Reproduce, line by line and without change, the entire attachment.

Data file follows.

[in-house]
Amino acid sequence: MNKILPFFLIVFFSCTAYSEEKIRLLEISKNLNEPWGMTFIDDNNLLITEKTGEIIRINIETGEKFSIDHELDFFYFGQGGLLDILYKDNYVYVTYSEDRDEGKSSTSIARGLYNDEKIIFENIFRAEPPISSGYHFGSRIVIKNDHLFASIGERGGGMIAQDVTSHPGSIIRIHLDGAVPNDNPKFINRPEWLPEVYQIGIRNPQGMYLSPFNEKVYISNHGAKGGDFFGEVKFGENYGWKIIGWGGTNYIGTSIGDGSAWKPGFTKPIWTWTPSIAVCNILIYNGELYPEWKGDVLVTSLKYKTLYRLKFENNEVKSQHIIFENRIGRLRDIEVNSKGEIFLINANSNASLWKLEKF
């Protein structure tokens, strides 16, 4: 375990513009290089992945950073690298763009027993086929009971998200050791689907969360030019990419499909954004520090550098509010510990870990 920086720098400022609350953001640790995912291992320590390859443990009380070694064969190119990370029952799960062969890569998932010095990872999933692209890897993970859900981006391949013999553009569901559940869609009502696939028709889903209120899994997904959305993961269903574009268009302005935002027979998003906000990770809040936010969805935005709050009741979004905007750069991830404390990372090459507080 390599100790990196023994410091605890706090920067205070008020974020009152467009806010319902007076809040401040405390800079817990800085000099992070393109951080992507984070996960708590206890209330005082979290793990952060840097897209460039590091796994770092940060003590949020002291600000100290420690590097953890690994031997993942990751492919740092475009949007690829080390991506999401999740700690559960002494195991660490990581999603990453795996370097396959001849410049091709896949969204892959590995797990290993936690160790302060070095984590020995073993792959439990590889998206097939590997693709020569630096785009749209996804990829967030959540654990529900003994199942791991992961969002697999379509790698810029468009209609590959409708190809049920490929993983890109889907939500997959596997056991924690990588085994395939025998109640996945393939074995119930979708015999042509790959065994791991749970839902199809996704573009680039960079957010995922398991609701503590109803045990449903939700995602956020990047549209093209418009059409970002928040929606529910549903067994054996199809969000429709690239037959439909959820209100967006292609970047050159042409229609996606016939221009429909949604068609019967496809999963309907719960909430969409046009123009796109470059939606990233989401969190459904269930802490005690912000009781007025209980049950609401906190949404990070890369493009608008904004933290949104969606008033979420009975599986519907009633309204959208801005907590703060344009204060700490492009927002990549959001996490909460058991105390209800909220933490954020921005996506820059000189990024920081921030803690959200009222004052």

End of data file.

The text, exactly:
[in-house]
Amino acid sequence: MNKILPFFLIVFFSCTAYSEEKIRLLEISKNLNEPWGMTFIDDNNLLITEKTGEIIRINIETGEKFSIDHELDFFYFGQGGLLDILYKDNYVYVTYSEDRDEGKSSTSIARGLYNDEKIIFENIFRAEPPISSGYHFGSRIVIKNDHLFASIGERGGGMIAQDVTSHPGSIIRIHLDGAVPNDNPKFINRPEWLPEVYQIGIRNPQGMYLSPFNEKVYISNHGAKGGDFFGEVKFGENYGWKIIGWGGTNYIGTSIGDGSAWKPGFTKPIWTWTPSIAVCNILIYNGELYPEWKGDVLVTSLKYKTLYRLKFENNEVKSQHIIFENRIGRLRDIEVNSKGEIFLINANSNASLWKLEKF
């Protein structure tokens, strides 16, 4: 375990513009290089992945950073690298763009027993086929009971998200050791689907969360030019990419499909954004520090550098509010510990870990 920086720098400022609350953001640790995912291992320590390859443990009380070694064969190119990370029952799960062969890569998932010095990872999933692209890897993970859900981006391949013999553009569901559940869609009502696939028709889903209120899994997904959305993961269903574009268009302005935002027979998003906000990770809040936010969805935005709050009741979004905007750069991830404390990372090459507080 390599100790990196023994410091605890706090920067205070008020974020009152467009806010319902007076809040401040405390800079817990800085000099992070393109951080992507984070996960708590206890209330005082979290793990952060840097897209460039590091796994770092940060003590949020002291600000100290420690590097953890690994031997993942990751492919740092475009949007690829080390991506999401999740700690559960002494195991660490990581999603990453795996370097396959001849410049091709896949969204892959590995797990290993936690160790302060070095984590020995073993792959439990590889998206097939590997693709020569630096785009749209996804990829967030959540654990529900003994199942791991992961969002697999379509790698810029468009209609590959409708190809049920490929993983890109889907939500997959596997056991924690990588085994395939025998109640996945393939074995119930979708015999042509790959065994791991749970839902199809996704573009680039960079957010995922398991609701503590109803045990449903939700995602956020990047549209093209418009059409970002928040929606529910549903067994054996199809969000429709690239037959439909959820209100967006292609970047050159042409229609996606016939221009429909949604068609019967496809999963309907719960909430969409046009123009796109470059939606990233989401969190459904269930802490005690912000009781007025209980049950609401906190949404990070890369493009608008904004933290949104969606008033979420009975599986519907009633309204959208801005907590703060344009204060700490492009927002990549959001996490909460058991105390209800909220933490954020921005996506820059000189990024920081921030803690959200009222004052």